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Experts’ debate: what does a cashless society mean?





The phenomenon is only just coming into debate but has been underway for many years: as time goes by, economies resort less and less to cash for payments, and increasingly to digital means. If cash is no longer king, what can we expect our societies and economies to look like tomorrow?

The lay of the land
 
A century ago, purchases as large as houses were often still made with cash, leaving “immaterial” payment means to the very top of the economy. Then came checks and credit cards, which gradually eroded the position of cash in our economies. Today, we have more payment methods than we can count: cash, check, debit card, credit card, wire transfer, swift payment, PayPal, NFC payment, and many others. But as cash had to make room for its competitors, various public and private organizations started daydreaming about how life would be if cash disappeared completely. Well, put simply, some would win, and some would lose, in the shift. The debate therefore hinges on many different parameters and unfolds differently in each country. Scandinavian countries are among the most cashless countries in the world, and it’s hard not to link that to the fact that Northern peoples have traditionally placed immense levels of trust in their government. Germans, on the other hand, have always resisted the cashless revolution - as they remember what can happen when citizens put their entire fate in the hands of an all-powerful State. Many experts have addressed the matter, bringing perspective and nuance into the debate.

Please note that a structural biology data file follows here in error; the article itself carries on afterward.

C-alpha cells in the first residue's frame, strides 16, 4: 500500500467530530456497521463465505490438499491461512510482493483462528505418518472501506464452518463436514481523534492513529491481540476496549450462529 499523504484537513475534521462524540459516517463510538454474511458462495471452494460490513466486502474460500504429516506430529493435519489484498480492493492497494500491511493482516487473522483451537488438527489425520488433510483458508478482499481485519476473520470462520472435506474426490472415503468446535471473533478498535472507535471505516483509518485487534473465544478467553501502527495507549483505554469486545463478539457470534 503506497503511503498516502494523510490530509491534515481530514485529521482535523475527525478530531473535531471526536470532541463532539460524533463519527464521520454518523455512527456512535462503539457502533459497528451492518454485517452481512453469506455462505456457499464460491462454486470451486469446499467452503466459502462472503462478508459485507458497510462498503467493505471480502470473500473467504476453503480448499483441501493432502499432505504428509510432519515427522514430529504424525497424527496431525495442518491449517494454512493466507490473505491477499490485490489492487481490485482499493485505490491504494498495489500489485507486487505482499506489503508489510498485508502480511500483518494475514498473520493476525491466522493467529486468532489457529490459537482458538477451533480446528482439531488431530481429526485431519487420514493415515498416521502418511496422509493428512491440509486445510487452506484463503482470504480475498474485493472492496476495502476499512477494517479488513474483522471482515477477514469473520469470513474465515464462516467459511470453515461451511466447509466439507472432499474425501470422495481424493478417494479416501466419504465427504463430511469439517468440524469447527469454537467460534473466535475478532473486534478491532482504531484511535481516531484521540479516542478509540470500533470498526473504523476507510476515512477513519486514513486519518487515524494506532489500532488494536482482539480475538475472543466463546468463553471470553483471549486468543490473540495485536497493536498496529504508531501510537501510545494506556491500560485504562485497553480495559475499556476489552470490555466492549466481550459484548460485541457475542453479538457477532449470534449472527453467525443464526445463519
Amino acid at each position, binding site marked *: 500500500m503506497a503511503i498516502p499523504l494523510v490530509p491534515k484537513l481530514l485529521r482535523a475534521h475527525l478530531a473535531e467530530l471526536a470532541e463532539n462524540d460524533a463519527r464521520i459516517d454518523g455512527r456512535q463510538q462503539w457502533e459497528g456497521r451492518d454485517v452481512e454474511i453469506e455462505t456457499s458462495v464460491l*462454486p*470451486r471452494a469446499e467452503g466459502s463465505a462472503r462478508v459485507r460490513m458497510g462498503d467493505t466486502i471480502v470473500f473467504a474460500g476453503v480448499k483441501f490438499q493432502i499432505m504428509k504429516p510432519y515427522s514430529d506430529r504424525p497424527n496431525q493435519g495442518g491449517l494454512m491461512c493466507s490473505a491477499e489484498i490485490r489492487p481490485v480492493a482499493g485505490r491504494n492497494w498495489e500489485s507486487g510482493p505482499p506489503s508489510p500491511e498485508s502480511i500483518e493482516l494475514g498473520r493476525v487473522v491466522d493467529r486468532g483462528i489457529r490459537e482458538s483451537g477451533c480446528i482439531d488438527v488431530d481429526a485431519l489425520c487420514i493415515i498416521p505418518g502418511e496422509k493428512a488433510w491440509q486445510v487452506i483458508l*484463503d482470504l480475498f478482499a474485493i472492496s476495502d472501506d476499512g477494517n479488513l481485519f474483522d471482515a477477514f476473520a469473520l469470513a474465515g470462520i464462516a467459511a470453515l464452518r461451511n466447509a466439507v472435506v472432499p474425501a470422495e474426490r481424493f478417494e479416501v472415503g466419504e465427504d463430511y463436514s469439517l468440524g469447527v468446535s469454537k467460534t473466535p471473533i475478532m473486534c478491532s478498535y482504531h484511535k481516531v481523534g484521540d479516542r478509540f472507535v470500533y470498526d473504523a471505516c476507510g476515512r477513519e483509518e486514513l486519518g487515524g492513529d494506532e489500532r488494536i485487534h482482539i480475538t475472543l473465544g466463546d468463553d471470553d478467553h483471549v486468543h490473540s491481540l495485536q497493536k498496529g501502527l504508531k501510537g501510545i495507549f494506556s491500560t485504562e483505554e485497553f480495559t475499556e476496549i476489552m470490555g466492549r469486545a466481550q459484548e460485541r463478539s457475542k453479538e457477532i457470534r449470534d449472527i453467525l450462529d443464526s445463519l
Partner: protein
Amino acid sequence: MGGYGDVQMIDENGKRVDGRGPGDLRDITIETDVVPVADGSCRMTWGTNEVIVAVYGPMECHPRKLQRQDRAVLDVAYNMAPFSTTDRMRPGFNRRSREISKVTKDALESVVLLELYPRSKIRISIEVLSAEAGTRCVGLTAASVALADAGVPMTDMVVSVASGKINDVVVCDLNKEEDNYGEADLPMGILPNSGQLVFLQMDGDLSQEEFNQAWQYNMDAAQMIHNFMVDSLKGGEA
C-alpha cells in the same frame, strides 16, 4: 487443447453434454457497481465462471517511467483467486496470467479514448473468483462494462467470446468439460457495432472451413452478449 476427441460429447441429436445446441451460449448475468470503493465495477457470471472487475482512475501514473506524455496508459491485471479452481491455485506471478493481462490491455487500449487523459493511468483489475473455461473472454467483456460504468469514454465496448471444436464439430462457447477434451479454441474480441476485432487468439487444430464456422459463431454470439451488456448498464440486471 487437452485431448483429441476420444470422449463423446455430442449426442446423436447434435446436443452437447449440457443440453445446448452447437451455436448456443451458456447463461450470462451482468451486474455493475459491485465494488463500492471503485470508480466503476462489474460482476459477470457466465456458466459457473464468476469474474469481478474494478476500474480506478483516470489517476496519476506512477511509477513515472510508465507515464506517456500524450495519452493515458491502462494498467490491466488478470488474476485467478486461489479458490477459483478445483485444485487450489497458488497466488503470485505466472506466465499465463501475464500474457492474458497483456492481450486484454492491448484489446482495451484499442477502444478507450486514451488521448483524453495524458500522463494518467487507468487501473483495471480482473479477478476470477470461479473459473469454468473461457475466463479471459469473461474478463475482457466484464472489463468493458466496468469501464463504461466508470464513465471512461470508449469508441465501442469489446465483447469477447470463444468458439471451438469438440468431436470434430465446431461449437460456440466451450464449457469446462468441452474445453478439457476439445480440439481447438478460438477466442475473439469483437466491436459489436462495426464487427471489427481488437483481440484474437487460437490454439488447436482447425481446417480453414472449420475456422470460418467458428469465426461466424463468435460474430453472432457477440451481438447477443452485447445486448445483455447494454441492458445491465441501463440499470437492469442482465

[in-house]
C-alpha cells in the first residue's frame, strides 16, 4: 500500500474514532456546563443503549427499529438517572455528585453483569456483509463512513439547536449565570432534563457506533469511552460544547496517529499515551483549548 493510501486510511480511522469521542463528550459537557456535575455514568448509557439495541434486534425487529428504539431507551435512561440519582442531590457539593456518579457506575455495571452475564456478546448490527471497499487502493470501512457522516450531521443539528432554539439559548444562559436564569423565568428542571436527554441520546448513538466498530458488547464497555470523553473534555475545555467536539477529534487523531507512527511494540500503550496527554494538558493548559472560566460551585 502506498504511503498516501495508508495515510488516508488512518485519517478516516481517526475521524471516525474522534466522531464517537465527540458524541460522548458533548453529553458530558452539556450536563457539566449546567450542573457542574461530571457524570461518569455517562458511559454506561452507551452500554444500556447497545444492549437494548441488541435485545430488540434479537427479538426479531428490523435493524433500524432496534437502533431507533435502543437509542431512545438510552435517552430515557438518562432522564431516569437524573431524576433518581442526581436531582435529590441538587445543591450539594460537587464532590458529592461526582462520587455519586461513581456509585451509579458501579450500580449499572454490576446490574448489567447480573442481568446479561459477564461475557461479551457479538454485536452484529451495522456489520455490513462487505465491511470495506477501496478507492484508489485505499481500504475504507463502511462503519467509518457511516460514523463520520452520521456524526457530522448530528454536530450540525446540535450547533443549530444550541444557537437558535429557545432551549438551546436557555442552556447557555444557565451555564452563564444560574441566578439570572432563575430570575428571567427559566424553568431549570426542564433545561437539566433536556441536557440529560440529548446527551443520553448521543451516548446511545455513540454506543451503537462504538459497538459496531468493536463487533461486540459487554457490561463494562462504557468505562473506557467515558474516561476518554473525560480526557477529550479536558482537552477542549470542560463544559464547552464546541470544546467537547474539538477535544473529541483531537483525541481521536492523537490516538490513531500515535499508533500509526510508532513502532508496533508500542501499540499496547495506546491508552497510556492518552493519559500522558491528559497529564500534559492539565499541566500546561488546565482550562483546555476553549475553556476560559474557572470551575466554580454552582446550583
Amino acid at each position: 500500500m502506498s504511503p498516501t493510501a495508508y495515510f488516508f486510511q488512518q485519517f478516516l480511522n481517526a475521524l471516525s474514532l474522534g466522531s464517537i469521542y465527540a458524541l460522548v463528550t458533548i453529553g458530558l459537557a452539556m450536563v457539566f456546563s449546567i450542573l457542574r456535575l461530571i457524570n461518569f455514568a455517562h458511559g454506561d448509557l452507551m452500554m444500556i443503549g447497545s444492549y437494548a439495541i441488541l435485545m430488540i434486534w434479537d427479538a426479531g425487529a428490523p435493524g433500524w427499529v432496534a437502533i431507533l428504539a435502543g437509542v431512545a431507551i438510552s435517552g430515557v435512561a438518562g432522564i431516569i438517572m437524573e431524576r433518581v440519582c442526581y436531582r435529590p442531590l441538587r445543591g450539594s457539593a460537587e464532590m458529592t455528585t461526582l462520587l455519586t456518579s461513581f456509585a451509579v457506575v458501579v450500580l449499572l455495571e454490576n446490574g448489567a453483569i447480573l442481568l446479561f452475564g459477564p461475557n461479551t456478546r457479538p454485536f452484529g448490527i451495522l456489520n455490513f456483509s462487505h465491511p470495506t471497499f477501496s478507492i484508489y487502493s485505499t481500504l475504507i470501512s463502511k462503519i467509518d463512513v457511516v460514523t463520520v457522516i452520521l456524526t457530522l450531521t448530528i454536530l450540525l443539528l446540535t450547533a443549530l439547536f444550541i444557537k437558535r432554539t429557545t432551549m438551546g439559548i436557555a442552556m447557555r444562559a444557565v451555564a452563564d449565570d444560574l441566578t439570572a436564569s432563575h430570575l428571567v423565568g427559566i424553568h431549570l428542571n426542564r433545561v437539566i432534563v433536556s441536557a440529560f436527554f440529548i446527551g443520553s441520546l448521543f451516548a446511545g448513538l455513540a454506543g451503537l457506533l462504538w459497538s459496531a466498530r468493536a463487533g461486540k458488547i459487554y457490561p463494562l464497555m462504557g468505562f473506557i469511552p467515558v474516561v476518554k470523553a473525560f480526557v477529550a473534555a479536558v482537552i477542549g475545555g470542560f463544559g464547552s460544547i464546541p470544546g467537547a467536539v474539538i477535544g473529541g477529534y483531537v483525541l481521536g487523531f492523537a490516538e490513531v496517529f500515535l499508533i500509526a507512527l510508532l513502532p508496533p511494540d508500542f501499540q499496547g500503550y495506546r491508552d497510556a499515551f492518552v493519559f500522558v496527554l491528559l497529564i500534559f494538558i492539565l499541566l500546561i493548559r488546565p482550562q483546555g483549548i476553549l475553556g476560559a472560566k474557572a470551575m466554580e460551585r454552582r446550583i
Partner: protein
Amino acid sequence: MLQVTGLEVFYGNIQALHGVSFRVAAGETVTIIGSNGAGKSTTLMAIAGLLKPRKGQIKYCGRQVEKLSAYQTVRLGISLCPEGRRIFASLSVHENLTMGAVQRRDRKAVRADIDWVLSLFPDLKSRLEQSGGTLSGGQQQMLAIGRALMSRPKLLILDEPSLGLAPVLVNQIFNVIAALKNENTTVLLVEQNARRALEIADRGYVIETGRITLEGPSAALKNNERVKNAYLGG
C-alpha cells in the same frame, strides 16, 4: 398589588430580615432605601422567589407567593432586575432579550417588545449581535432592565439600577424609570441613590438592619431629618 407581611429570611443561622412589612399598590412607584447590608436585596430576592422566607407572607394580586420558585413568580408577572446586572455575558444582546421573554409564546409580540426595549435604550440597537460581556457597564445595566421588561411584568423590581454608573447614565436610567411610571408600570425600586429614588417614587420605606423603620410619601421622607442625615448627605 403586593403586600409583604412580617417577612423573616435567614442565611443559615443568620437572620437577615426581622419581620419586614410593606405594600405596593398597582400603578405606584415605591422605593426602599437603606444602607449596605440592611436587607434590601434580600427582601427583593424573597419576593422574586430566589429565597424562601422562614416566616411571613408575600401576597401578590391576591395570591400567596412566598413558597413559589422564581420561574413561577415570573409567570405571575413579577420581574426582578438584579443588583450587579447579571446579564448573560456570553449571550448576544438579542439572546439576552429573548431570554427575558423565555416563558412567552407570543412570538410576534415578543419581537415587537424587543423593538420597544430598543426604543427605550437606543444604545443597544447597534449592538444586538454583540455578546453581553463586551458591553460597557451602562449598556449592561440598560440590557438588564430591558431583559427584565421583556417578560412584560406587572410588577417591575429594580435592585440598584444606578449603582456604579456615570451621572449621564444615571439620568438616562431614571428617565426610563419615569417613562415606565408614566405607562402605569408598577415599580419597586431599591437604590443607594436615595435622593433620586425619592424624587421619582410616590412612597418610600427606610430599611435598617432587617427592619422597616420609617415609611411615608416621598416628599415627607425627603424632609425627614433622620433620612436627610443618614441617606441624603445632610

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The cashless society from an ethical point of view

The debate about the move towards a cashless society has been at the center of the scene for several years, now. Various angles have been taken by economists, politicians, banking institutions and sociologists. Beyond the technicalities of the debate, lies the question of freedom, of inter-citizen solidarity and of governmental responsibility. The debate cannot remain in the hands of financial specialists, it is first and foremost an ethical, political and societal issue.

The cashless society from an ethical point of view









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The debate

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